|Let suffering (woe, disappointment, unsatisfactoriness, dukkha) come to an end already!|
|Samsara keeps us cycling through not Six but 31 Planes of Existence.|
|Craving (+ ignorance) gives rise to rebirth.|
Vajrayana Buddhists -- a branch of Mahayana or "Great Vehicle" Buddhism dominant in Tibet, Bhutan, Mongolia, Nepal, and some parts of China (where it is called Esoteric Buddhism) -- are heavily influenced by Hinduism and therefore loosely use the term "reincarnation."
It is a deeply misleading term and avoided by more careful Buddhists, who instead use the word "rebirth." Is it a distinction without a difference? Far from it.
|Buddhism A to Z|
|Proof of Heaven (Dr. Eben Alexander)|
So crucial is this unique teaching that one who directly knows and sees this Truth is enlightened and liberated by the experience. This teaching is not something to be argued about but something to be directly experienced. Reasoning and winning a debate does not advance wisdom but only increases knowledge and ego.
But how could there be heavens if there's no reincarnation like Christians teach? Christians teach reincarnation? Yes, but with only two options for rebirth, heaven or hell. Catholics add limbo. Jews and ancient Greeks add Hades, a world of spirits to which everyone goes regardless so live it up now, and many Jews have an affinity for Buddhism because they imagine that the Dharma's concern with NOW means this temporal life and worldly pleasure. The NOW Buddhism means is mystical and always, there being only the now at every moment, not many nows, but just this one now.
The concept can certainly be reasoned out, explained, proved, and made clear with words -- but the heart/mind will resist the conclusion or settle on a misinterpretation according to one's predilection, as stated above. Optimists will misunderstand and think liberation is the promise of "eternal life" (when in fact it is the deathless state), and pessimists will misunderstand and think liberation is the promised of "nothingness" and a peaceful end to the turmoil of life. Again, it cannot be stated too strongly: BOTH are mistaken concepts. And the Buddha went through a great deal of trouble to dissuade disciples from adopting or promoting either view. Both are misrepresentations of the Buddha and the Dharma, and the Noble Sangha (the greater community of enlightened individuals) knows it.
|Anne Frank is now living as Barbro, a non-Jewish European with memory of her past.|
If most monastics cannot grasp the "not self" concept or see this liberating truth directly, and if noble ones still persist in the habit of regarding things as self-and-other, what chance do "ordinary uninstructed worldlings" (putthujanas) have of even getting an intellectual grasp of this core Buddhist teaching? Next to none.
|Do You Believe in Rebirth? (Ven. Dhammananda)|
The reason it is so important, the reason people should care is that it is precisely because of not understanding it -- and in analogous terms not seeing what is there in place of a "self, ego, or soul," namely, Dependent Origination -- that living beings suffer, are bound to the Wheel of Life and Death (samsara), and never understand reality directly (enlightenment).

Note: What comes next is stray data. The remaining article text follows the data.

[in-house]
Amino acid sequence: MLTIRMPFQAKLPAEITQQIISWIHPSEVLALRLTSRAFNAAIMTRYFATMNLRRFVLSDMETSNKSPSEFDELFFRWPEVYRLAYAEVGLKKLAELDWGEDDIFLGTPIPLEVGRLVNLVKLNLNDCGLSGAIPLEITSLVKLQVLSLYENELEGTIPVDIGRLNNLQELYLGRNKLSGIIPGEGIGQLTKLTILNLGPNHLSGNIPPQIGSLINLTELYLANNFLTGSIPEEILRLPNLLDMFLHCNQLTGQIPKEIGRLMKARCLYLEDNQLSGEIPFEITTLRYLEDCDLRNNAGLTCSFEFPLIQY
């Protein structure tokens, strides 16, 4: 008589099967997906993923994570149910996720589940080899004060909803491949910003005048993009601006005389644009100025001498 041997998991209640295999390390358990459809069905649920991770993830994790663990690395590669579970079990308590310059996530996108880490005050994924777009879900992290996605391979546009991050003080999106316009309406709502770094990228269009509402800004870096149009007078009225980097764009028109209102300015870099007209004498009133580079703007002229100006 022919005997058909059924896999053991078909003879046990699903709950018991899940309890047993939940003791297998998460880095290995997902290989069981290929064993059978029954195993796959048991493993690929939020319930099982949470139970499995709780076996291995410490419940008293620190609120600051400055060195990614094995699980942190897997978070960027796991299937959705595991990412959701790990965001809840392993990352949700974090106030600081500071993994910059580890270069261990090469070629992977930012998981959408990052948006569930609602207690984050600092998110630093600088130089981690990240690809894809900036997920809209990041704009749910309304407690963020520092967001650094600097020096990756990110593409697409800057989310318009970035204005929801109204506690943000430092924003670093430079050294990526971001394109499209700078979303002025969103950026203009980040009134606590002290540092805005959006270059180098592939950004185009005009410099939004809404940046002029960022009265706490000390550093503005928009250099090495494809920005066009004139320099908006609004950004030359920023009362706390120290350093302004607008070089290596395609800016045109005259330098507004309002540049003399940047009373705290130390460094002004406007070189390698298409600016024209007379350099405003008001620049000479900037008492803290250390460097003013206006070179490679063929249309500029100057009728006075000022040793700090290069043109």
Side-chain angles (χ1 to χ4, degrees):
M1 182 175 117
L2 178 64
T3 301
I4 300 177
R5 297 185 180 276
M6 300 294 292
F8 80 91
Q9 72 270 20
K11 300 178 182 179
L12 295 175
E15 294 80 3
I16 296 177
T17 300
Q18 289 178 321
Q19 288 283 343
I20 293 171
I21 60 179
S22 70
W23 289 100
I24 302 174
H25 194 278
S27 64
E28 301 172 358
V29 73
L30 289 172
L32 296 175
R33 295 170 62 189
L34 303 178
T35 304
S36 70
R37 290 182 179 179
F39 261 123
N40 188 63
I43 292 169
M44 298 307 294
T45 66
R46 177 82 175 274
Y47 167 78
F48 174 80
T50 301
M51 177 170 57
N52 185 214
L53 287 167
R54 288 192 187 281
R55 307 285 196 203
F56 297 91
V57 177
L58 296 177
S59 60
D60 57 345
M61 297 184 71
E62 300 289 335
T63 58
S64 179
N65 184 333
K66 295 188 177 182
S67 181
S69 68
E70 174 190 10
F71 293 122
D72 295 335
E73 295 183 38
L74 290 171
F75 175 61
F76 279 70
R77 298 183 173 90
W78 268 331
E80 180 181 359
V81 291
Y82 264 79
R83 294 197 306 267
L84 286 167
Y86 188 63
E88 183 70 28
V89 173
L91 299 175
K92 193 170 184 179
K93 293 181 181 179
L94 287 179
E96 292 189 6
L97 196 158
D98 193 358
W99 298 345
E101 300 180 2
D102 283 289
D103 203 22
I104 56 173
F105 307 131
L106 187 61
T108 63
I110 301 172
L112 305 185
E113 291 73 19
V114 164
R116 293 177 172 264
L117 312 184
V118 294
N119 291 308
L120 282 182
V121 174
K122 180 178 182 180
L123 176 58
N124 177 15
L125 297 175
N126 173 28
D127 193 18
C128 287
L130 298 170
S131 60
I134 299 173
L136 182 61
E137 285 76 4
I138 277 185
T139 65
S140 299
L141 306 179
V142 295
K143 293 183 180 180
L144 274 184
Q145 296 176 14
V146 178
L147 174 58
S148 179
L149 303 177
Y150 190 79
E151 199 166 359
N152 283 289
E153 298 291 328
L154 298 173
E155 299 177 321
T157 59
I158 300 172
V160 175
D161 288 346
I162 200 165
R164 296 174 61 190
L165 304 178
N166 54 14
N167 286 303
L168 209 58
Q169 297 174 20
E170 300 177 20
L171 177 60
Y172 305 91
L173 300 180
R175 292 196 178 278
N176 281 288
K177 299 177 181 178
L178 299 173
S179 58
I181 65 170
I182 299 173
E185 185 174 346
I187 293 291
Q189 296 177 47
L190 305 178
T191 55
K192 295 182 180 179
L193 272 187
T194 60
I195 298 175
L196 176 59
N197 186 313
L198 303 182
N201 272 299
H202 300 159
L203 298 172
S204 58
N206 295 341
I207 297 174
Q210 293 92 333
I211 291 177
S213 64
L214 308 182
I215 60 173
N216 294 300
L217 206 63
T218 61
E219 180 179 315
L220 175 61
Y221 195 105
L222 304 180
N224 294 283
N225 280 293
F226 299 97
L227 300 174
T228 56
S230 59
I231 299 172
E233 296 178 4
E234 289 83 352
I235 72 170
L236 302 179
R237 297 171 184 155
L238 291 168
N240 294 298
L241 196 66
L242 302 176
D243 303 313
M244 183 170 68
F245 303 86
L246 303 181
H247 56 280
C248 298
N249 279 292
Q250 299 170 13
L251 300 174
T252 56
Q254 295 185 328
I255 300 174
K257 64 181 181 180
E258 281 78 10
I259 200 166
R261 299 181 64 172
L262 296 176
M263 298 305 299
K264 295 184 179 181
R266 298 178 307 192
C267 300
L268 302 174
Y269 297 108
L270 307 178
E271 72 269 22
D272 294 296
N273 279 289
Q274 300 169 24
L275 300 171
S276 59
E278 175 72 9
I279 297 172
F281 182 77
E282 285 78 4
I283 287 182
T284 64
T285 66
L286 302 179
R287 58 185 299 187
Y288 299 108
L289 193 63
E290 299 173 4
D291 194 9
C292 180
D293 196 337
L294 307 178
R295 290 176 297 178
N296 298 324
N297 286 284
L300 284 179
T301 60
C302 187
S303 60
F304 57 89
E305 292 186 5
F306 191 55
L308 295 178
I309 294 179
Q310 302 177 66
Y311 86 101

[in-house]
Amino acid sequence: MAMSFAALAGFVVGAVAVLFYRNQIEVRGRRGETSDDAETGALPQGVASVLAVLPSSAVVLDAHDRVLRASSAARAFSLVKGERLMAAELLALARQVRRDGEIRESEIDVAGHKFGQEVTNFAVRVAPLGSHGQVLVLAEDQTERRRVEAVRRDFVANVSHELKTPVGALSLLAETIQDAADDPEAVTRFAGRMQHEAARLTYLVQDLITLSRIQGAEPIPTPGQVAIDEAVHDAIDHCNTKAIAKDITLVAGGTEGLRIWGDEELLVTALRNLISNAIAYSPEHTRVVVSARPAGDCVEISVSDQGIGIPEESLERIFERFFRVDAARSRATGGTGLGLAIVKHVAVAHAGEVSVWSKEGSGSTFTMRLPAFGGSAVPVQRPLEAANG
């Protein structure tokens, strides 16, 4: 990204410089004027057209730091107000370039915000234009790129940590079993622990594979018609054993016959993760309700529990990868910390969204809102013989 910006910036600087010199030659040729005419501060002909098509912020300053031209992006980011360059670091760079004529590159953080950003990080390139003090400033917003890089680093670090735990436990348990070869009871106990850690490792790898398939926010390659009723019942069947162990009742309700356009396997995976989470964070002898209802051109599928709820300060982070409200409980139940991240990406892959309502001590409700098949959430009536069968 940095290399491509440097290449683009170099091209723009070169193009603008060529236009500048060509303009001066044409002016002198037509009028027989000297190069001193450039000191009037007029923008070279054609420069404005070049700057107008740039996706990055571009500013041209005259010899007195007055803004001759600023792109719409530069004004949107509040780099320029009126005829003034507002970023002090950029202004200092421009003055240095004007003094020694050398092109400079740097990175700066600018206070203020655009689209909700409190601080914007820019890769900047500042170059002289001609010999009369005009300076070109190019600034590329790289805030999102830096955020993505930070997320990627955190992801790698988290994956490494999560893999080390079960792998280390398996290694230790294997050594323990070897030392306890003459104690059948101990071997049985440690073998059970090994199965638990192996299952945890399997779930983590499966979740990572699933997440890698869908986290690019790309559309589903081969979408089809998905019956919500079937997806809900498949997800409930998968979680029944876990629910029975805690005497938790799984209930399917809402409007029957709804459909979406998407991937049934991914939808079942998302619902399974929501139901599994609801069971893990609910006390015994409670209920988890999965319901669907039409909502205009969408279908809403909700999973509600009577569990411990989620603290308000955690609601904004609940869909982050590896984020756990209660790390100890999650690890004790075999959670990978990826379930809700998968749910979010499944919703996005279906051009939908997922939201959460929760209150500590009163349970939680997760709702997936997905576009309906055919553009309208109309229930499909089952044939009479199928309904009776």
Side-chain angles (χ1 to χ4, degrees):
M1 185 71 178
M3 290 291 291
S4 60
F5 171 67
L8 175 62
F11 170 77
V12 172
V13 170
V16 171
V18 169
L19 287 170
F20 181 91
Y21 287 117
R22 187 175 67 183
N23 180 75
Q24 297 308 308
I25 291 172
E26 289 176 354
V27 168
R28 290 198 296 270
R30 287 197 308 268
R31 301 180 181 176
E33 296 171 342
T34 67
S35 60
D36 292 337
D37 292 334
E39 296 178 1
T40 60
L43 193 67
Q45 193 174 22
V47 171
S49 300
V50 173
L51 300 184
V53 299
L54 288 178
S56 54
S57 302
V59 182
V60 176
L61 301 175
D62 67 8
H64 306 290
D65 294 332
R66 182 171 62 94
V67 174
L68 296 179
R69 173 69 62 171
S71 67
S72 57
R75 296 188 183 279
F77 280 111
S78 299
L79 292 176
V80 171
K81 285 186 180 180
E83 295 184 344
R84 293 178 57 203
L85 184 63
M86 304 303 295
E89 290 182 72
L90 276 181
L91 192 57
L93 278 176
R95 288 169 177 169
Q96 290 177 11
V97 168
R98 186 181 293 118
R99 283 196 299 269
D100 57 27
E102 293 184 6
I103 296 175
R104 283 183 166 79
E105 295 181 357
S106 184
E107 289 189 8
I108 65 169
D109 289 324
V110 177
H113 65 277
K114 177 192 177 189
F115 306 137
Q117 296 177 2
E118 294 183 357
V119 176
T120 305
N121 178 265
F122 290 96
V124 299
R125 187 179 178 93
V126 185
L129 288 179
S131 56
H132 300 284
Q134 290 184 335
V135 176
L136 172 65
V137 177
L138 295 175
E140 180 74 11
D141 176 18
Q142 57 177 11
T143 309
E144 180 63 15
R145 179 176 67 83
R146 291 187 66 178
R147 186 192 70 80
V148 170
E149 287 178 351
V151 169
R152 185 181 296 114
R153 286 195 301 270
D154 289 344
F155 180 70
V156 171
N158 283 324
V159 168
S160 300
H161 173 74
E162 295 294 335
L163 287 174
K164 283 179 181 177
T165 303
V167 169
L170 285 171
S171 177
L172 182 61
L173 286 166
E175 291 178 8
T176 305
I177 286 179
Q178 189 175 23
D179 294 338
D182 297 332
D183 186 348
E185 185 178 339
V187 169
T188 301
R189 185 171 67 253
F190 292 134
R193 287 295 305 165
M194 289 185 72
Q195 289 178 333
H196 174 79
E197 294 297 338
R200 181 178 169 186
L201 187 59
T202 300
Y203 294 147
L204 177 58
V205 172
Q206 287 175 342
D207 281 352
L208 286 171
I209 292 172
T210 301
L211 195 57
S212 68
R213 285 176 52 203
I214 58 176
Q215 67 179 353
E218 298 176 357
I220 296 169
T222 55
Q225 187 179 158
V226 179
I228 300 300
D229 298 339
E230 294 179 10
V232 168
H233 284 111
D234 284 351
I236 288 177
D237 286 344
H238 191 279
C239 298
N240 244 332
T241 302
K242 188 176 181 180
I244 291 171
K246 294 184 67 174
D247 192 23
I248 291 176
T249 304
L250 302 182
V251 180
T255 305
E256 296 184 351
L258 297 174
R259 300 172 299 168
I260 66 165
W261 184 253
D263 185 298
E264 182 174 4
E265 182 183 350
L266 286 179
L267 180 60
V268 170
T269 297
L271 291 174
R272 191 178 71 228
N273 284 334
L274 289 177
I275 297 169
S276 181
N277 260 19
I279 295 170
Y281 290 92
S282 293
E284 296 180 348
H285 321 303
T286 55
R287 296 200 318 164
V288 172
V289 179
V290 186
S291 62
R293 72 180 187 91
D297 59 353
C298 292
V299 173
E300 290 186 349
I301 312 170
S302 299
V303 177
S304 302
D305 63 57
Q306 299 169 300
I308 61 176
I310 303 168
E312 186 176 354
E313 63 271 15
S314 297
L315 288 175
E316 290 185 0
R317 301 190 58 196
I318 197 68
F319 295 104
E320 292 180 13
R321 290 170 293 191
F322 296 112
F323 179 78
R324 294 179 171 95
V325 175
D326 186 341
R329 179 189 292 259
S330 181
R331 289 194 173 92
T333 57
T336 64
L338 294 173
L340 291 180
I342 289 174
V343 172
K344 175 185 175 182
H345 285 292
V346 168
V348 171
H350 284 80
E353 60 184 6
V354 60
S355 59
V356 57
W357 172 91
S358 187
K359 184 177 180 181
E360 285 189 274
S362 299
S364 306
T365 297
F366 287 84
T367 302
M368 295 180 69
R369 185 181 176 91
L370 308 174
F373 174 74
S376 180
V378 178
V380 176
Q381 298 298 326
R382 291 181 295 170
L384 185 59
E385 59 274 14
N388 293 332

By knowing and seeing this ultimate Truth (one of the Three Characteristics of Existence), they are freed, all suffering ends irrevocably, and they are no more subject to endless rebirth, a.k.a. "reincarnation."
Is there life after death? A better question would be, Is there life after life? Yes.
So what's wrong with the word "reincarnation"? It is a Christian-Hindu concept, in technical Buddhist terms a "wrong view" (miccha-ditthi) held by most religious traditions. Science traditions tend to hold the opposite wrong view, that of annihilationism or the idea that death spells the end of everything. One neither goes on eternally after death, nor is one annihilated at death. Then what happens? If one understood Dependent Origination one would know and see not only what happens then but what is happening right here right now. It is not that there is no self and one will figure this out at death. It is that there is no self (in an ultimate sense) right now and even at death one will not figure that out and therefore be subject to rebirth.
|Dr. Alexander, Dr. Moody (lifeafterlife.com)|
|Guides for the Grief Stricken|
And most, not even taking up the quest for enlightenment, reduce small to essentially no chance whatsoever. Enlightenment is possible in this very life for most ordinary people of ordinary intelligence, but we are so caught up in our delusions, ambitions, cravings, views, and aversions that LETTING GO is more of a pipe dream than a tangible possibility. And as the world worsens, the chance of even ever hearing such a message as anatta or the contents of this post recede into the horizon like a wise man from the east in a saffron robe walking away in the distance.
|A Western monk, an English-speaking German man named Anton Gueth, once while living in Sri Lanka/India, got interred in a detention camp in Dehradun (Himalayan foothills of India) during WW II. This gave him time to compile a list of Buddhist terms for his own use as he was studying the Dharma. He never intended to write an authoritative dictionary, but that's what it became.|
Re-becoming: punabbhava (literally, "again-becoming" or "renewed existence," is a sutra term for "rebirth," which in later literature is more often called patisandhi. There is no static "being" or "beingness" but only dynamic becoming. The attainment of enlightenment (arahatta), implying the end of all future rebirths, is often expressed in the words:
- Guide to Buddhism A to Z (Ven. Dhammika)
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- There's still a chance to be a pauper and a prisoner! Samsara is a dangerous place full of fearful possibilities, dreadful inevitabilities, and unwanted certainties.
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